Dr. Melissa Gilliam is the Chief of Family Planning and Contraceptive Research and Head of Pediatric and Adolescent Gynecology at the University of Chicago Medical Center. She also advises the American College of Obstetricians and Gynecologists on preventive services for adolescents. Dr. Gilliam graduated from Yale University with a degree in English literature before getting a master’s in philosophy and politics from the University of Oxford and getting her MD from Harvard Medical School in 1993. She received her masters in public health, specializing in epidemiology and biostatistics, at the University of Illinois in Chicago. Now, Dr. Gilliam researches the complex nature of teen pregnancies and how to prevent them at the University of Chicago. She believes solving these issues will help overcome education and careers barriers that stem from teen pregnancies.

Dr. Melissa Gilliam
University of Chicago


Amy Iler is at a permanent research position at the Chicago Botanic Garden, where she studies how environmental changes affect ecological processes, teaches ecology courses at Northwestern University, conducts science outreach, and mentors undergraduate, Masters, and Ph.D. students. She graduated from Muskingum University in 2005 with a bachelor’s degree in Conservation Science and went on to complete a Ph.D. in Evolution, Ecology, and Organismal Biology at The Ohio State University in 2010. She also conducted field work on plants and pollinators at the Rocky Mountain Biological Laboratory in Colorado as a postdoc with the University of Maryland and also as a visiting scholar at the University of Arizona. She has also spoken on panels hosted by organizations such as the Chicago Network to advocate for her views of diversity, specifically in STEM.

Amy Iler is at a permanent research position at the Chicago Botanic Garden, where she studies how environmental changes affect ecological processes, teaches ecology courses at Northwestern University, conducts science outreach, and mentors undergraduate, Masters, and Ph.D. students. She graduated from Muskingum University in 2005 with a bachelor’s degree in Conservation Science and went on to complete a Ph.D. in Evolution, Ecology, and Organismal Biology at The Ohio State University in 2010. She also conducted field work on plants and pollinators at the Rocky Mountain Biological Laboratory in Colorado as a postdoc with the University of Maryland and also as a visiting scholar at the University of Arizona. She has also spoken on panels hosted by organizations such as the Chicago Network to advocate for her views of diversity, specifically in STEM.

Amy Iler
Northwestern University

Young-Kee Kim is the Chair for the Department of Physics at the University of Chicago and the Louis Block Professor in Physics at the University of Chicago. Since 2006, she has served as deputy director of Fermi National Accelerator Laboratory. Young-Kee is an experimental scientist who focuses primarily on particle physics to understand how the universe works and on accelerator physics to design and build better accelerators to expand the research capabilities for future particle physicists. Young-Kee encourages minorities to pursue STEM and supports them both through her work in the Physics Research Experiences for Undergraduates, a program at the University of Chicago which provides opportunities for minorities to gain research experience working in the laboratory or as part of a research group, and as one of the organizers of Expanding Your Horizons Chicago, a program to inspire middle-school-age girls to pursue STEM.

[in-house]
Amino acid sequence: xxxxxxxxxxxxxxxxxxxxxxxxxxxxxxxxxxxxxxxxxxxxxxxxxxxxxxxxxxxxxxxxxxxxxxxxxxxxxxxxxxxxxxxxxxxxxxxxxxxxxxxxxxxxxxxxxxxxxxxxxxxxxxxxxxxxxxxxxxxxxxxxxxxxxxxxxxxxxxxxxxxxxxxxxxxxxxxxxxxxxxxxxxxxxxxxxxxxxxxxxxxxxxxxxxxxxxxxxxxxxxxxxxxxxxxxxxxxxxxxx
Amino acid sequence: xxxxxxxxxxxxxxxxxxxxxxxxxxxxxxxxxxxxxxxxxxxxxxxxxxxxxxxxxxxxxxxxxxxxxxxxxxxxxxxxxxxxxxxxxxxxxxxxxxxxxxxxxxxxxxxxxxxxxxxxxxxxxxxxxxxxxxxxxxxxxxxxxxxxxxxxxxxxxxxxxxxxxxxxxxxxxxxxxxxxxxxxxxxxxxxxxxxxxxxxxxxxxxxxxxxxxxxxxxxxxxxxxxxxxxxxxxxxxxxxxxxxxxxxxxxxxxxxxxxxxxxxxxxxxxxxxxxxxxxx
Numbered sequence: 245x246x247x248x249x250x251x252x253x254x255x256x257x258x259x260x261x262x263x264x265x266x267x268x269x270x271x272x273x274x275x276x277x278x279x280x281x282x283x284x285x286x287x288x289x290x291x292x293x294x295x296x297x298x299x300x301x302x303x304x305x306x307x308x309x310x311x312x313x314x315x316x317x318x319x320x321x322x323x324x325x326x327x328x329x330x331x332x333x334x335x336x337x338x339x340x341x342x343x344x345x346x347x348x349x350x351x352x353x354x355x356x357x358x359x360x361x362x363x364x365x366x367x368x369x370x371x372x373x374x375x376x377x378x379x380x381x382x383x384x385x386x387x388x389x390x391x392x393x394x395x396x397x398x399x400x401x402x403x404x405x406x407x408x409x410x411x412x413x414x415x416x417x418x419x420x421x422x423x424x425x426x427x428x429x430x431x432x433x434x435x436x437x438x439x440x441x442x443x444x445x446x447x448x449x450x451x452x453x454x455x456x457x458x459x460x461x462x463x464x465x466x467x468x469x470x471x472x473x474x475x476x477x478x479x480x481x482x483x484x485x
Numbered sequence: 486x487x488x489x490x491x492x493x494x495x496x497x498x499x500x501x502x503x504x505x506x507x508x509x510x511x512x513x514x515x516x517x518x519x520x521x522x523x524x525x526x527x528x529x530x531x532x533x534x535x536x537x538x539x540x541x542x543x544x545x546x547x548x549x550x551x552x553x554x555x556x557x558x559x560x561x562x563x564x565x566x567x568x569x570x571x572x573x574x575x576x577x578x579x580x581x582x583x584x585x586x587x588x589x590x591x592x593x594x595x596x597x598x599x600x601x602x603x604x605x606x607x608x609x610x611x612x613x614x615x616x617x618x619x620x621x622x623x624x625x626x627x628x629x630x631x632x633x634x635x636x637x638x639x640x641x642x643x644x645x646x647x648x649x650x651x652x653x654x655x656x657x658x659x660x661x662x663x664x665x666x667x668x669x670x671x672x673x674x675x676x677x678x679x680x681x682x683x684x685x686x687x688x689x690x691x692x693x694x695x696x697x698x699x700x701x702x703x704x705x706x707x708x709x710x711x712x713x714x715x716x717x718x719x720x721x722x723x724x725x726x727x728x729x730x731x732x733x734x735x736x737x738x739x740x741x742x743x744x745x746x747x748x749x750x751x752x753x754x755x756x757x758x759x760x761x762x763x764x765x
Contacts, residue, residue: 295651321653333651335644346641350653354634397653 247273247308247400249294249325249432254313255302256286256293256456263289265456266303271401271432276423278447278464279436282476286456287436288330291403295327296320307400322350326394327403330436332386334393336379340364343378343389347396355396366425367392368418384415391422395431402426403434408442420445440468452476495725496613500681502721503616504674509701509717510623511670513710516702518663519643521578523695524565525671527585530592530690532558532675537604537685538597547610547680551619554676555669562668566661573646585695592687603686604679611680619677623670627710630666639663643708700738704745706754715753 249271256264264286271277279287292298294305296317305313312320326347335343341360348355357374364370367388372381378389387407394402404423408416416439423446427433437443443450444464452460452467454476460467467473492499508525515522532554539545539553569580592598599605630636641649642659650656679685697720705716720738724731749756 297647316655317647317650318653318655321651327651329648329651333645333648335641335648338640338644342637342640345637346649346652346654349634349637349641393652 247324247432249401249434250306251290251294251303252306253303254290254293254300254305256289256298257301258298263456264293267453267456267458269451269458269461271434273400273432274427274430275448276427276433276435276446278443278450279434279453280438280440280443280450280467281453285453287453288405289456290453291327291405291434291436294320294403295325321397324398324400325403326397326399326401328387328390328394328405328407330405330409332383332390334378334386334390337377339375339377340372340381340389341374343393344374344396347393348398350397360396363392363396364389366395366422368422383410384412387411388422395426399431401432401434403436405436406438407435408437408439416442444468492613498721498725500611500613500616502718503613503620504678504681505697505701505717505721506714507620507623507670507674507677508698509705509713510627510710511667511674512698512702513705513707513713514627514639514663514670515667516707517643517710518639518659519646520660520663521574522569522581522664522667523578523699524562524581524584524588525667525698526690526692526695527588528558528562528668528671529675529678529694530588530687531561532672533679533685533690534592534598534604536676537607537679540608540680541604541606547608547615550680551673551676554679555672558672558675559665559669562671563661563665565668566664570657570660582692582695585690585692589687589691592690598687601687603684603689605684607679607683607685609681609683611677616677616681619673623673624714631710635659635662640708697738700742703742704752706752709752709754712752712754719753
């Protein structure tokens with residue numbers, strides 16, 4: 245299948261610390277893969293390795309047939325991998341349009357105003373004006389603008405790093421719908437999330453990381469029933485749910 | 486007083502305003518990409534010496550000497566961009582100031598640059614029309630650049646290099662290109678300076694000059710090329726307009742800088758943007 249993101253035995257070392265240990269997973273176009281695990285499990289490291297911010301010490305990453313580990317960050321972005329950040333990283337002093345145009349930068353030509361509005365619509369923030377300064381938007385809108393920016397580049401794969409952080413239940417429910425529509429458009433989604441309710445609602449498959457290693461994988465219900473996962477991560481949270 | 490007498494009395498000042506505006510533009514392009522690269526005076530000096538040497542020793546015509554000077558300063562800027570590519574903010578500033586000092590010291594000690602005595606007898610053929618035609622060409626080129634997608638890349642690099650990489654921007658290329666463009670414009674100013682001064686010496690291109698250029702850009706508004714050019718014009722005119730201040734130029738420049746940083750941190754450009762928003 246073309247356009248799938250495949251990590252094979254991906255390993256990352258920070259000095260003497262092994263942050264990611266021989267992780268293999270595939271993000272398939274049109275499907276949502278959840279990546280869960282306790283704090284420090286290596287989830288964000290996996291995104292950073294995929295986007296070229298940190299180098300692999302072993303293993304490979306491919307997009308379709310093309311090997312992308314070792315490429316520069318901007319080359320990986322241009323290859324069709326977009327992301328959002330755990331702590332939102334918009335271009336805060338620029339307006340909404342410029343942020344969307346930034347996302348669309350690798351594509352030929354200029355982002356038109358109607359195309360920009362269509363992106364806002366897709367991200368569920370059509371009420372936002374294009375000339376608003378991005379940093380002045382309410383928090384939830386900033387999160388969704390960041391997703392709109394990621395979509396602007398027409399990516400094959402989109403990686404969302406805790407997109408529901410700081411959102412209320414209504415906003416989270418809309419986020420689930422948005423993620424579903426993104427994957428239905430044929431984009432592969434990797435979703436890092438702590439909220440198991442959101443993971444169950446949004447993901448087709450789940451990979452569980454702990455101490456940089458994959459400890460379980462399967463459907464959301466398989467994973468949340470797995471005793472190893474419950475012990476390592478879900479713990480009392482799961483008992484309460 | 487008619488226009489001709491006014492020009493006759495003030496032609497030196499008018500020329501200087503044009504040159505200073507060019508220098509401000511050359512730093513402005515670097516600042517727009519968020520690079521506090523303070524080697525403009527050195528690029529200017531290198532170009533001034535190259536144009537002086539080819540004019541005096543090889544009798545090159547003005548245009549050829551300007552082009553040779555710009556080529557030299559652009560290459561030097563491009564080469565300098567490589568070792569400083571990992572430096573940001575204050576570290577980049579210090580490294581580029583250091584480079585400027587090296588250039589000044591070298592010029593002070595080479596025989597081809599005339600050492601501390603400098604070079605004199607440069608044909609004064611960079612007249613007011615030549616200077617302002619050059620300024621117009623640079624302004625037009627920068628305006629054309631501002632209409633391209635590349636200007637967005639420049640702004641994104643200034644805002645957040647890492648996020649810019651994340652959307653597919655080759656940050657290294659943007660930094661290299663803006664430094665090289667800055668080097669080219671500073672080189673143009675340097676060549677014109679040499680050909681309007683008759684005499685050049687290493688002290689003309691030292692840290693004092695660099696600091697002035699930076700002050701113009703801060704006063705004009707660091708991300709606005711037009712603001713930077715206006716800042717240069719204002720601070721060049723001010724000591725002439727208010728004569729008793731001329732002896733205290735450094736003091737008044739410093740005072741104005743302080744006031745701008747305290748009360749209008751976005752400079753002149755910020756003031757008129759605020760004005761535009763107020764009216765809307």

Young-Kee Kim is the Chair for the Department of Physics at the University of Chicago and the Louis Block Professor in Physics at the University of Chicago. Since 2006, she has served as deputy director of Fermi National Accelerator Laboratory. Young-Kee is an experimental scientist who focuses primarily on particle physics to understand how the universe works and on accelerator physics to design and build better accelerators to expand the research capabilities for future particle physicists. Young-Kee encourages minorities to pursue STEM and supports them both through her work in the Physics Research Experiences for Undergraduates, a program at the University of Chicago which provides opportunities for minorities to gain research experience working in the laboratory or as part of a research group, and as one of the organizers of Expanding Your Horizons Chicago, a program to inspire middle-school-age girls to pursue STEM.

Young-Kee Kim
University of Chicago

Sarah Rugheimer is a Simons Postdoctoral Research Fellow at the University of St. Andrews where she is studying the atmosphere and climate of extrasolar planets with a particular focus on atmospheric biosignatures in Earth-like planets as well as modeling early Earth conditions. Sarah received her B.Sc. in Physics at the University of Calgary and received both her M.A. in Astronomy and Ph.D. in Astronomy and Astrophysics at Harvard University. She provides research articles, blogs and useful references to help mentor others. She also co-hosts a podcast with Sarah Ballard called "Self-care with Drs. Sarah" that discusses how to thrive in research and taking care of yourself. As part of her passion for mentorship and teaching, she taught a course she designed as a visiting lecturer at Tufts University ExCollege in Fall of 2013 called Life on Earth and Beyond.